Just before Bali closed its borders, Narina Exelby returned to her home in a coastal village for a lockdown like no other
Just before the sun's rays first touch the earth in my Bali garden, they create a magnificent scene. The air, you see, is so softly hazed with wood smoke from neighbourhood kitchens that sunlight is broken into radiant strands as it stretches down through the palm trees and mango branches.
A tall hedge of gardenia, banana, jasmine, bougainvillea and heliconia leaves blocks out much of the light but the foliage has become a kaleidoscopic riot of luminescent greens.
I have had the privilege of watching days begin this way since mid-March, when my life of regular travel skidded into an unusual stillness because of the worldwide coronavirus crisis. A week before Indonesia closed its borders completely, I returned to my home in the coastal village of Pekutatan, among the trees of west Bali in Indonesia, where life unfolds in much the same way as it has for generations.
Out here we are at least two hours' drive — and a world away — from the usually busy (and more familiar) tourist haunts such as Canggu, Kuta, Seminyak, Nusa Dua and Ubud. As the streets in these prominent holiday areas emptied and Bali shut down to tourism, many islanders returned to their villages.
Although those I have spoken to say they lament the lack of income from foreign travellers — there are usually more than six million a year — they, as I, are grateful to have returned to a place of such nurturing resources and natural beauty.
When the extent of one's world is suddenly measured in footsteps rather than air miles, "local" acquires a new meaning. From my door, I look out on to the hills where the coffee I drink every morning is grown; the beans are roasted just two roads west of my home.
A three-minute walk along a narrow scooter track weaving beneath a grove of palm trees takes me to where a Balinese family is making palm sugar by boiling the sap over a wood fire. The trees open on to a wide green meadow and it is here that a handful of cows graze.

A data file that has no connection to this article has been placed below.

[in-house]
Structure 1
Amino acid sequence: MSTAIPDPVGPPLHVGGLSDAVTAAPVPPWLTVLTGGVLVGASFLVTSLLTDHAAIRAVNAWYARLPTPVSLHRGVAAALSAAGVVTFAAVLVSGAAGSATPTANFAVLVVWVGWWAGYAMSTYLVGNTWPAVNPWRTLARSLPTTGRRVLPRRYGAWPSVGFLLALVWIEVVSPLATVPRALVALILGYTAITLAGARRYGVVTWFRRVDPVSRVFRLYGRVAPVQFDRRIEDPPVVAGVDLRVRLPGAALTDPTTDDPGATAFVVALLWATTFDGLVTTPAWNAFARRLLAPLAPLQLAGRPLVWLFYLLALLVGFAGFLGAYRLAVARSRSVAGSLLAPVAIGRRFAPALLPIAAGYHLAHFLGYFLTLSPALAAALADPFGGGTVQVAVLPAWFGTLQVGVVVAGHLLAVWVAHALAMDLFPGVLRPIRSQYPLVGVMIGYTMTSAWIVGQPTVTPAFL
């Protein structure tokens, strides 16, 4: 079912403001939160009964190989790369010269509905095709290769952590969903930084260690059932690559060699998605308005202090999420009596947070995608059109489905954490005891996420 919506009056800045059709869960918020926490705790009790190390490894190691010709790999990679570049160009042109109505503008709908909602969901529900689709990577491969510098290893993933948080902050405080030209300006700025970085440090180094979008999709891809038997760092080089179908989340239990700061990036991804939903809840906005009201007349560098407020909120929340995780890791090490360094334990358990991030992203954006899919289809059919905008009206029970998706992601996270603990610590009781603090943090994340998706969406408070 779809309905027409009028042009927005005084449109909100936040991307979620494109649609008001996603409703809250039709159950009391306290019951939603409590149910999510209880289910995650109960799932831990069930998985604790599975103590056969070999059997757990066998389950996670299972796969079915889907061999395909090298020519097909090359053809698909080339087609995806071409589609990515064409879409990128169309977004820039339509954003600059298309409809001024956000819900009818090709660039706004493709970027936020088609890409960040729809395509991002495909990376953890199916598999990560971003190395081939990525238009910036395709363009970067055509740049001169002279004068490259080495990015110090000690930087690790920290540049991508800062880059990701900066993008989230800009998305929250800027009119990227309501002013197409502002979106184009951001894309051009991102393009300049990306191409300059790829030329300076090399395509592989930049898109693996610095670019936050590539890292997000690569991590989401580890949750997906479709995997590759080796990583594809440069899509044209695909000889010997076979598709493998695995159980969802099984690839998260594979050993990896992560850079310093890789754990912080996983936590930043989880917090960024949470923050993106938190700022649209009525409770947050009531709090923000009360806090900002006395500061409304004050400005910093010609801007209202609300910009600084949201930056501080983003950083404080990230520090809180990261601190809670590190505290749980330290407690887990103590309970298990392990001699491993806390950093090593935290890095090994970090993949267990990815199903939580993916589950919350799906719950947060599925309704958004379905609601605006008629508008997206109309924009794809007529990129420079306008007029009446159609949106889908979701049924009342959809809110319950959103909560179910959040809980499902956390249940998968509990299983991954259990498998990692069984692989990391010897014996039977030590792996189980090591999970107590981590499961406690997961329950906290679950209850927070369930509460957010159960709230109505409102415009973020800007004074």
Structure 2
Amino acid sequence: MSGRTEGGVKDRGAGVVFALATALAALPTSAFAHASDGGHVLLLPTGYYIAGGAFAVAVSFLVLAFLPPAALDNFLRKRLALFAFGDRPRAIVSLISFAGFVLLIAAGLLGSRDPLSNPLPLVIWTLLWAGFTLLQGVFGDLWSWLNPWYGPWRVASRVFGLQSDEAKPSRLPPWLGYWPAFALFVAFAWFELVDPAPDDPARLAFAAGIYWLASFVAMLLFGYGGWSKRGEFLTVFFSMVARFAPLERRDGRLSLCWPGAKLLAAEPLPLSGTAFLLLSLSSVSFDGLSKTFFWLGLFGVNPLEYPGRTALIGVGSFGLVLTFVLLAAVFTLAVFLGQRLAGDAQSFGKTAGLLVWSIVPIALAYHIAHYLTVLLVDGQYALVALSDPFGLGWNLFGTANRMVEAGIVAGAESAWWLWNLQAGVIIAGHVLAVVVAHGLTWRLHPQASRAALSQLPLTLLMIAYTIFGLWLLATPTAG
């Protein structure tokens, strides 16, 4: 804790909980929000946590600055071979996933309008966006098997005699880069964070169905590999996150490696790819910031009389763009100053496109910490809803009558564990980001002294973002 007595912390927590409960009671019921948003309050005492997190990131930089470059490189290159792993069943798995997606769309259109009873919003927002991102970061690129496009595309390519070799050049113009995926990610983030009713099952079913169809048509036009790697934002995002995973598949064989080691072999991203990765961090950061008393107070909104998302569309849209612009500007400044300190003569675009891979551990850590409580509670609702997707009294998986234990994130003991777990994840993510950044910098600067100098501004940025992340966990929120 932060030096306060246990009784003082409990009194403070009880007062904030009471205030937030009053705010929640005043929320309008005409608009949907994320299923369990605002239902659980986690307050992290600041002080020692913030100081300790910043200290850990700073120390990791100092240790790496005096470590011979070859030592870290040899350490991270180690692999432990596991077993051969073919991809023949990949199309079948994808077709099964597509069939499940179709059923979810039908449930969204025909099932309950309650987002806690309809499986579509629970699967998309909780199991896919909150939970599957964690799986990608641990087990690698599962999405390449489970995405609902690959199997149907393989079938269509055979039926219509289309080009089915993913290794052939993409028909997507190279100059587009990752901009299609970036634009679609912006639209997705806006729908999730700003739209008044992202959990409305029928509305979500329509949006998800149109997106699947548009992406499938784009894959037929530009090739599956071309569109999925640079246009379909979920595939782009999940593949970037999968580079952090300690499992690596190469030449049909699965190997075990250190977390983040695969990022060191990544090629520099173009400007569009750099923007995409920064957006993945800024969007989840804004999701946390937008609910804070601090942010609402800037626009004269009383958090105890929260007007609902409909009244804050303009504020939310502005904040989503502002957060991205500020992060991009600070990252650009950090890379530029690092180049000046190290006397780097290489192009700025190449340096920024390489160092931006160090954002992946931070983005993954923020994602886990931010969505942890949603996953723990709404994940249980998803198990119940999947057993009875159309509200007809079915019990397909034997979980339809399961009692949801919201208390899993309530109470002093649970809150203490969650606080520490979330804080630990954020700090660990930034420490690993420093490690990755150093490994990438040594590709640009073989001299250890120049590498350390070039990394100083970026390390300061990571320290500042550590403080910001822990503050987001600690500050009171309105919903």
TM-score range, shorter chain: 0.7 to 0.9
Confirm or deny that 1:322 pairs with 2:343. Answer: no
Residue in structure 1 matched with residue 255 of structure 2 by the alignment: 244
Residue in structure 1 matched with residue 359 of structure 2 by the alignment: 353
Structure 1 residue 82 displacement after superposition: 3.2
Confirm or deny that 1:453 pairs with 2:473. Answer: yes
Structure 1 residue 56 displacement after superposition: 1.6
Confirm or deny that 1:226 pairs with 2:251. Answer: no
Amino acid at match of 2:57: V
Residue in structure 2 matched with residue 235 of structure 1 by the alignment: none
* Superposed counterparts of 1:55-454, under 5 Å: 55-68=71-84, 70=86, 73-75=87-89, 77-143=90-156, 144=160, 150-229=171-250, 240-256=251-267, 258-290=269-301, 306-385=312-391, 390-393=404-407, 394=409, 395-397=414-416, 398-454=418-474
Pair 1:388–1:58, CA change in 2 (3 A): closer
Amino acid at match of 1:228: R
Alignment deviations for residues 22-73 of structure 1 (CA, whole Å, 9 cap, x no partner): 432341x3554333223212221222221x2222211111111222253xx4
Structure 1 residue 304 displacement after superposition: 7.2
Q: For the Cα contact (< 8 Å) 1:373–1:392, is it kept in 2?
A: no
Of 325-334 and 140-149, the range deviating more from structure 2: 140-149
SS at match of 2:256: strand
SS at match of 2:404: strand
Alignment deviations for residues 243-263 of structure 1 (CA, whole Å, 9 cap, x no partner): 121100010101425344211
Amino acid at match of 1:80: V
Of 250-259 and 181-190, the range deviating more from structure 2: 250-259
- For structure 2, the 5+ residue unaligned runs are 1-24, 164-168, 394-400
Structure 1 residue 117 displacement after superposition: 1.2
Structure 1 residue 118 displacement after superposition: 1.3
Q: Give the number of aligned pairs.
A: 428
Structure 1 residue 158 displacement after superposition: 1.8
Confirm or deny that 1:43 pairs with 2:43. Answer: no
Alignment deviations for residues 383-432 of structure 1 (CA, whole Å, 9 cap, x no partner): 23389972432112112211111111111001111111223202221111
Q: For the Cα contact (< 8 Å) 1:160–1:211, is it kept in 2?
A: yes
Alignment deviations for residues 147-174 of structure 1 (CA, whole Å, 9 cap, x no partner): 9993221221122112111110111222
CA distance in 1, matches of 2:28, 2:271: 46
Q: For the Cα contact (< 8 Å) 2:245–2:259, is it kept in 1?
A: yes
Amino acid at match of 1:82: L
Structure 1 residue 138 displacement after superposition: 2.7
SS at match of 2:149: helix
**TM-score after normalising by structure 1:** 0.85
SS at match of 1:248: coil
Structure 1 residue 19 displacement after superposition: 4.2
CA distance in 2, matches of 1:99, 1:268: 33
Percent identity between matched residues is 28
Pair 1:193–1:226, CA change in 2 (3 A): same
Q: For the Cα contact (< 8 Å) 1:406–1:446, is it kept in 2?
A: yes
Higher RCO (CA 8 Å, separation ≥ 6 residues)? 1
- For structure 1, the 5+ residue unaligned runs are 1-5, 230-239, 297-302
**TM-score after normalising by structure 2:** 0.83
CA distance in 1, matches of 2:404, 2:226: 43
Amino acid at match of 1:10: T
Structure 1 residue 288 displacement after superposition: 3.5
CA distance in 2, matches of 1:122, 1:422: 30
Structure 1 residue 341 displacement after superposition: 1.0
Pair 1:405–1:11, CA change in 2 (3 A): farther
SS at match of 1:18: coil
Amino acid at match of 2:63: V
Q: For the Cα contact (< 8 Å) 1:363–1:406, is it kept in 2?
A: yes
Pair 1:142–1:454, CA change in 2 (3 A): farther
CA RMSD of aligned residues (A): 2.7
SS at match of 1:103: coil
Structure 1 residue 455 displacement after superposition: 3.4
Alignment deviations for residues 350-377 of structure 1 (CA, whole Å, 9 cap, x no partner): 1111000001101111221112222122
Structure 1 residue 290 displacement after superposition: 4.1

The meadow reaches down to an empty grey-sand beach that stretches for 14km. If the tide is right, three or four men from the village might be paddling out into the churning bay on "rafts" made of two thick bamboo poles, their piles of fishing nets balancing precariously as they navigate the choppy waves.
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Beyond the sweeping slab of rock that breaks this turbulent current, scores of multicoloured outrigger fishing boats rest on the grey sand, under a fringe of palms. Although each of these boats is manned by only one or two fishermen, it will take a team of at least four to hoist the boats across the beach and into the water.
Some of the fish that these men catch will be sold to the family who lives just up the hill. They in turn are well known in this area for making the most delicious chilli and lemongrass fish satay.
Now, the island's late rainy season has dwindled and the winds have begun. This is always a time of delight for the children here, who fly their homemade kites on the beach. Their fathers, who are now out of work, are honing the flying skills of the younger children, who seem far more proficient than is usual for this early in the season.
As borders begin to reopen in parts of the world, I am beginning to feel a gentle resistance towards ever leaving this quiet part of Bali. With much of the planet in turmoil, it has been a privilege to settle into the gentle rhythm of life here. In Pekutatan, mornings unravel to the songs of wild birds, days are punctuated by tides and, in the evenings, traditional gamelan music filters through the wild tendrils of bougainvillea.